Prior to my departure, many people wanted to lend their different opinions on Cuban food.  Several close friends told me they did not enjoy the food in Cuba at all, yet the experienced group I was to meet had advised that the food in Cuba was fantastic.  If I were to judge all the food in Cuba based on the buffet, I’m sure I would have believed the former.  The food was not necessarily bad, I would just later discover  that Cuba was not the place for Western dishes.  In later entries I will have more detail on the exquisite Cuban dishes we were served throughout the trip. 

Getting back to the breakfast buffet; I enjoyed several very strong cups of black Cuban coffee and filled my belly with scrambled eggs and fruit.   After a few minutes to settle, it was time to continue my exploration of the hotel.

The hotel Nacional is very beautiful.  Decades of history are marked by photos on the wall. 



The outside area of the Nacional is breathtaking.  You are immediately met by hot, humid sea air and a bright blue harbor stretching out before you behind the Malecón.  The Malecón is a very long road and seawall that stretches along the coast in Havana. 


Comfortable wicker couches and chairs line the outside edge of the open air space with a fountain anchoring it in the middle.  Several small bars were located strategically throughout.  The center of the area contains various tables for dining as well.



After exploring the back of the Nacional, it was time to seek out the LCDH (La Casa del Habano) downstairs and find some tasty cigars of Cuba to keep me occupied. I had about 16 – 18 hours before the rest of the group was going to join me, and I felt like relaxing at the hotel instead of exploring Havana solo. 

The LCDH is located at the far end of the hotel beyond the check-in desk.  The upstairs area is primarily wines, rums and coffee.  Downstairs is the cigar area, and as I descended the stairs, the smell of fine Cuban tobacco greeted me.  This particular LCDH wasn’t very large, but it was more than enough to accommodate my cigar needs.  I decided to settle into the back area for my first cigar, a Bolivar Royal Corona, and an espresso.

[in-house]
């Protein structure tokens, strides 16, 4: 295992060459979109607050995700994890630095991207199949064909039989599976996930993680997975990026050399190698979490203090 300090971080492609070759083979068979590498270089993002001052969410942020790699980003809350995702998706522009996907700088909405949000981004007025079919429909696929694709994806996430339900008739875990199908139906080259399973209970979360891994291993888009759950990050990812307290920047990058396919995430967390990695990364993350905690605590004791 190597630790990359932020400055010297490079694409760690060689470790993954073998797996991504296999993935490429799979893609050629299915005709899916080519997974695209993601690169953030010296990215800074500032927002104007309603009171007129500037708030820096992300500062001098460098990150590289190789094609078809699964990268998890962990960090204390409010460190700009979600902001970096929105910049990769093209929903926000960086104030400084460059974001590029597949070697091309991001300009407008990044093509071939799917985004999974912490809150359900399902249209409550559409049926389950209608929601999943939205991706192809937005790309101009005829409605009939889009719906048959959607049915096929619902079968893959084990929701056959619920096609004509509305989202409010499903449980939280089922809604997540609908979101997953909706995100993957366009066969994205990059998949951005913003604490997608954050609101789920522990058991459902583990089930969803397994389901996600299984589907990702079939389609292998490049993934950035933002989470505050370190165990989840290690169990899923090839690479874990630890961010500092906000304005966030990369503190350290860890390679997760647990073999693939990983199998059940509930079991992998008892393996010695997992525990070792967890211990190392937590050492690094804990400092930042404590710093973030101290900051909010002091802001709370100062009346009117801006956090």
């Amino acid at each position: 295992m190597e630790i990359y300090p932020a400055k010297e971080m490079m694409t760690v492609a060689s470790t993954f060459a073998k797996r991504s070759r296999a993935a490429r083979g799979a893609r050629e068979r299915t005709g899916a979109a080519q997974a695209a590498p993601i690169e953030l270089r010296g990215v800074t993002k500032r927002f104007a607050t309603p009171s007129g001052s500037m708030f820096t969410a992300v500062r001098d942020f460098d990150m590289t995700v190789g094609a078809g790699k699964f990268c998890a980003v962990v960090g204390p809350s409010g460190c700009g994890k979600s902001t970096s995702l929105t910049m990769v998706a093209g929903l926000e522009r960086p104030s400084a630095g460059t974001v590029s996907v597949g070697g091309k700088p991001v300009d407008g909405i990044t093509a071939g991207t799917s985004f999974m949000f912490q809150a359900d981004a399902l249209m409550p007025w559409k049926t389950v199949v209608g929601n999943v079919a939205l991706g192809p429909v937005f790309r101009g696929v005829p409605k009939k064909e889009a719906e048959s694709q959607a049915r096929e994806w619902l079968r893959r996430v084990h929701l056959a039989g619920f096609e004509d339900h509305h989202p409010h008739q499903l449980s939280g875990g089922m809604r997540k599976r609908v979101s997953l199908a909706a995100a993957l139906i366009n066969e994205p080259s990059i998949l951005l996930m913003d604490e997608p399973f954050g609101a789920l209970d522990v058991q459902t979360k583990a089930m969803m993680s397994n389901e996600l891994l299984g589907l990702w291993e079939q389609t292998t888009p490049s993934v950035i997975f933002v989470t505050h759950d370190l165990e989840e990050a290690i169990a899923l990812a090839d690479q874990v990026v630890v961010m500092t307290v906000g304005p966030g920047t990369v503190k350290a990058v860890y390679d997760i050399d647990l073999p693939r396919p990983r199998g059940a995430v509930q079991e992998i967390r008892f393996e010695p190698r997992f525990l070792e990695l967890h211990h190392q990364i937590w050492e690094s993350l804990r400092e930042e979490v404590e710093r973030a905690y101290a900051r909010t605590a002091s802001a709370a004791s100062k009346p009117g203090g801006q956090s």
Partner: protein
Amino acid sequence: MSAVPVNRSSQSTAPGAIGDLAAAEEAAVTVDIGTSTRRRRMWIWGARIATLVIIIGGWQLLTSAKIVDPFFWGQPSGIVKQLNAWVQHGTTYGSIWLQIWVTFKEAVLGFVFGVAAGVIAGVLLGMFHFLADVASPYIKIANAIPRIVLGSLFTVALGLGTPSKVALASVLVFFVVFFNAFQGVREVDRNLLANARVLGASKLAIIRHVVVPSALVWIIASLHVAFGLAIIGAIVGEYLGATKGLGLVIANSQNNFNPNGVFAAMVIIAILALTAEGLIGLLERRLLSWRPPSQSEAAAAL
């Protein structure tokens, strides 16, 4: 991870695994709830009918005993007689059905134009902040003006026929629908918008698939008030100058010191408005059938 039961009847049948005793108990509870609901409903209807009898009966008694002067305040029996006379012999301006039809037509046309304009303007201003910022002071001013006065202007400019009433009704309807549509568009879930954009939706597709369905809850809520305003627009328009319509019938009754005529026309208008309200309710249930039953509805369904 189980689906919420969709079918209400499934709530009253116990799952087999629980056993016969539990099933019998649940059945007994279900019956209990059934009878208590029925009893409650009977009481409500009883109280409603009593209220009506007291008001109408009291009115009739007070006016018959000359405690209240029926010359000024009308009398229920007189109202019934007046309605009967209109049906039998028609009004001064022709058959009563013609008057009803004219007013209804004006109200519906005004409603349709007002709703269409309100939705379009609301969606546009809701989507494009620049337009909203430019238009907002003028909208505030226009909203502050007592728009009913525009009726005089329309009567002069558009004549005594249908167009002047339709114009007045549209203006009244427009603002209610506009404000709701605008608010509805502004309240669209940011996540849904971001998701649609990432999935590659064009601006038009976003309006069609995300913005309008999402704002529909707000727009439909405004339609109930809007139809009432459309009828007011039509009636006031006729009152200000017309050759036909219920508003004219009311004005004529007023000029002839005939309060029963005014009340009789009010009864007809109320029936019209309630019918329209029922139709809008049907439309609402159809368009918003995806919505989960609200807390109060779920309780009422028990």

After finishing my cigar and coffee, I selected a Cohiba Maduro Secretos, another Bolivar Royal Corona and a Vegas Robaina and headed outside for more coffee, mojitos and some relaxation.



I was quite surprised at the number of Americans at the hotel.   Over the course of the day, I had many conversations and inquired how they were able to travel to Cuba.  As I sat enjoying my cigars, there were many other people from a variety of other countries taking in the beautiful afternoon as well.  For lunch, I wandered over to the restaurant off to the side and enjoyed some roasted chicken, rice and black beans.  

As I basked in the heat watching the sunset, I discovered my love for Mojitos.  Eventually, I received a text notification from the group I was to meet that they were delayed and would be arriving late in the morning instead of the evening.   I decided to go to bed early so that I could be up and ready to go in the middle of the morning when their flight came in.

Next up …

Old Friend, New Friends

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Comment by Generally Useful Jared on January 14, 2014 at 9:36am

I definitely love the Caribbean culture's affinity for black beans and rice, chicken, and pork. And rum, strong coffee, and cigars!

Comment by Harley Holmes on January 14, 2014 at 1:59pm

Nice write up.